Mosquitoes kill more than one million people each year with the deadly diseases they transmit. These diseases include malaria, filariasis, dengue fever, yellow fever and viruses that can cause encephalitis, or swelling of the brain, such as Eastern Equine Encephalitis virus (EEE) and West Nile virus (WNV). Mosquitoes can also vector (transmit) dog heartworm.
It is important to note that not all mosquitoes carry diseases. Each of the diseases is mainly transmitted by only a few species of mosquito. Malaria is a single-celled parasite (Plasmodium spp.) that is transmitted by the bite of an infected Anopheles mosquito. An infected person feels tired, has muscle pain, headaches and loss of appetite, much like the onset of flu symptoms. This is followed by chills and high fever which usually reoccur every few days. Lab tests are required to confirm malaria infection. Yellow fever, (so named because the infected person turns yellow from jaundice) is caused by a virus that is carried by an infected mosquito. Encephalitis is difficult to determine because laboratory confirmation is required, a costly and time-consuming procedure. Mosquito control surveillance programs gather data from wild birds and sentinel chicken flocks to determine the presence of encephalitis antibodies. Prevention and control of encephalitis has historically been addressed by local mosquito control programs.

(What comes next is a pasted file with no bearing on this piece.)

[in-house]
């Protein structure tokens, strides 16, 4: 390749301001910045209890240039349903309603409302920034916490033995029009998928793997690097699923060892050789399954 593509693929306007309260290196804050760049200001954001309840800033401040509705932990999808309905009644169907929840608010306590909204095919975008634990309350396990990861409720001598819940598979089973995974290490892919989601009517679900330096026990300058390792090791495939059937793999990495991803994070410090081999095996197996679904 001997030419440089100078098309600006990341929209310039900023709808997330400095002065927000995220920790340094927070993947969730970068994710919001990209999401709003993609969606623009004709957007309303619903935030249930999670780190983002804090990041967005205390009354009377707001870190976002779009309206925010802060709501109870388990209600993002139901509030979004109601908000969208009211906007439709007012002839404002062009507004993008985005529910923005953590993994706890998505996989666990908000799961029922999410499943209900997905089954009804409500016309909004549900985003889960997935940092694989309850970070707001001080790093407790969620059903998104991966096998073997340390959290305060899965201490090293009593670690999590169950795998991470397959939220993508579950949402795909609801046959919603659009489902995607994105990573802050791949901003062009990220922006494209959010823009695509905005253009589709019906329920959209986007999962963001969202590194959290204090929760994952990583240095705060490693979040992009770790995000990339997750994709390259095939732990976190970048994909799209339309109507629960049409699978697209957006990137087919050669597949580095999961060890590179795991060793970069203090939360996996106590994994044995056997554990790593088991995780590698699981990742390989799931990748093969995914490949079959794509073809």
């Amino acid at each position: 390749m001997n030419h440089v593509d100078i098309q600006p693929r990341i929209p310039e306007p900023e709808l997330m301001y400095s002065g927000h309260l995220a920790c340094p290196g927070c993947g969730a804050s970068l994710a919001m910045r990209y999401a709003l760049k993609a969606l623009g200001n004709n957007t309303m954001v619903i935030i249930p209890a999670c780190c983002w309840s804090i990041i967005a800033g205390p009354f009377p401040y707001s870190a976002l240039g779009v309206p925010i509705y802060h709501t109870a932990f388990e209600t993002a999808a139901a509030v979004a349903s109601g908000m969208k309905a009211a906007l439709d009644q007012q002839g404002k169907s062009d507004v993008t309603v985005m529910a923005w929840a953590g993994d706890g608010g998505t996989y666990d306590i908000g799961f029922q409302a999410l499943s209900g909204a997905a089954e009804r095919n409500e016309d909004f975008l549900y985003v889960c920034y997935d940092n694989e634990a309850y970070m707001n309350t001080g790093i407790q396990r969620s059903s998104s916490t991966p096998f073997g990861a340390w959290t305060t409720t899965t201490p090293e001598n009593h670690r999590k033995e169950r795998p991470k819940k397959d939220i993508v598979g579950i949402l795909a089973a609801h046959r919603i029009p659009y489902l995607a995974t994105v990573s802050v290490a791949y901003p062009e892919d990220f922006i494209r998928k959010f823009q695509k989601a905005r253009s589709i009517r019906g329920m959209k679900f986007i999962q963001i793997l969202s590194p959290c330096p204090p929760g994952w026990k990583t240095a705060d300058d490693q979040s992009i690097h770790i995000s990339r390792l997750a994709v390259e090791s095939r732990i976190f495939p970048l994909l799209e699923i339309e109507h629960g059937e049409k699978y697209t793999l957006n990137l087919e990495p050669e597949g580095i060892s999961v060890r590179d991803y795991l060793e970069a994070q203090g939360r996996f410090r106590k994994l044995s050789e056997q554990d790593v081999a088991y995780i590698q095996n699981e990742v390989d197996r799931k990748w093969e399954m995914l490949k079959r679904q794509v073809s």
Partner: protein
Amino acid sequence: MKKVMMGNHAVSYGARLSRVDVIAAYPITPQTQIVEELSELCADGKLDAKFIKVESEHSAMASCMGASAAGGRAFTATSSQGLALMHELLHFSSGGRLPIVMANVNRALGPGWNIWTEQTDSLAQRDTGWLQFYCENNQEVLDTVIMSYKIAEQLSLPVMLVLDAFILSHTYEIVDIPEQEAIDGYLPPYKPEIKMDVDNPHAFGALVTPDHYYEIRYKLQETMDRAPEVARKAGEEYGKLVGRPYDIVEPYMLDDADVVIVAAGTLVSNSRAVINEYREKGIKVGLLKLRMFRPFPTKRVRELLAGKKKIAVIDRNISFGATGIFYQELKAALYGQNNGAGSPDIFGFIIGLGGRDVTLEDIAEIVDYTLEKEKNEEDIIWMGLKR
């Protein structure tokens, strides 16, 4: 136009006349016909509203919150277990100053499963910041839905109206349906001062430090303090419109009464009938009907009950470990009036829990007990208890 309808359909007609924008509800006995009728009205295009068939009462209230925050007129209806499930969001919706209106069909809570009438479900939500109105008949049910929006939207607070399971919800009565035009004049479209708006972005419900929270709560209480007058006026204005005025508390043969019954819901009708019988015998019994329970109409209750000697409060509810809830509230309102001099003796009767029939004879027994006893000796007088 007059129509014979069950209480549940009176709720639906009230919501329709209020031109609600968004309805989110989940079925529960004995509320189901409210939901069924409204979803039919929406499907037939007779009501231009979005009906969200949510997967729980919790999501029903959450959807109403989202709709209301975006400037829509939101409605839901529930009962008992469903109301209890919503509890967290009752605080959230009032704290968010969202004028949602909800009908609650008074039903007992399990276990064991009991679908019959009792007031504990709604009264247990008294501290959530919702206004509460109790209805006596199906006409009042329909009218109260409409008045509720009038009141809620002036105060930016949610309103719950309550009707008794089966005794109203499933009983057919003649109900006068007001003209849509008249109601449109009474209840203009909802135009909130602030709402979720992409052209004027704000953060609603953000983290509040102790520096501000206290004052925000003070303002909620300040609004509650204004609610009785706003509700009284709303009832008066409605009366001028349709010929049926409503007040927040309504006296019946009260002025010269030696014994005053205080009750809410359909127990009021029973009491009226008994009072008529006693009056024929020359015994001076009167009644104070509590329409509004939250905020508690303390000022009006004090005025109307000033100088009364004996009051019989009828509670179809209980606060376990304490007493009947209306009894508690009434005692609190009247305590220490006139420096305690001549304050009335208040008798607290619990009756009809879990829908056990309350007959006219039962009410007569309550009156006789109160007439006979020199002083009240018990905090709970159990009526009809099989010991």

Dog heartworm is caused by juvenile worms (called microfilariae) leaving the mosquito's proboscis and being deposited on the skin of a dog while the mosquito is taking a blood meal. These microfilariae find the puncture wound made by the mosquito and crawl into the dog's bloodstream. Heartworm is a serious problem which can lead to death for dogs. However, veterinarians can prescribe medication to prevent heartworm.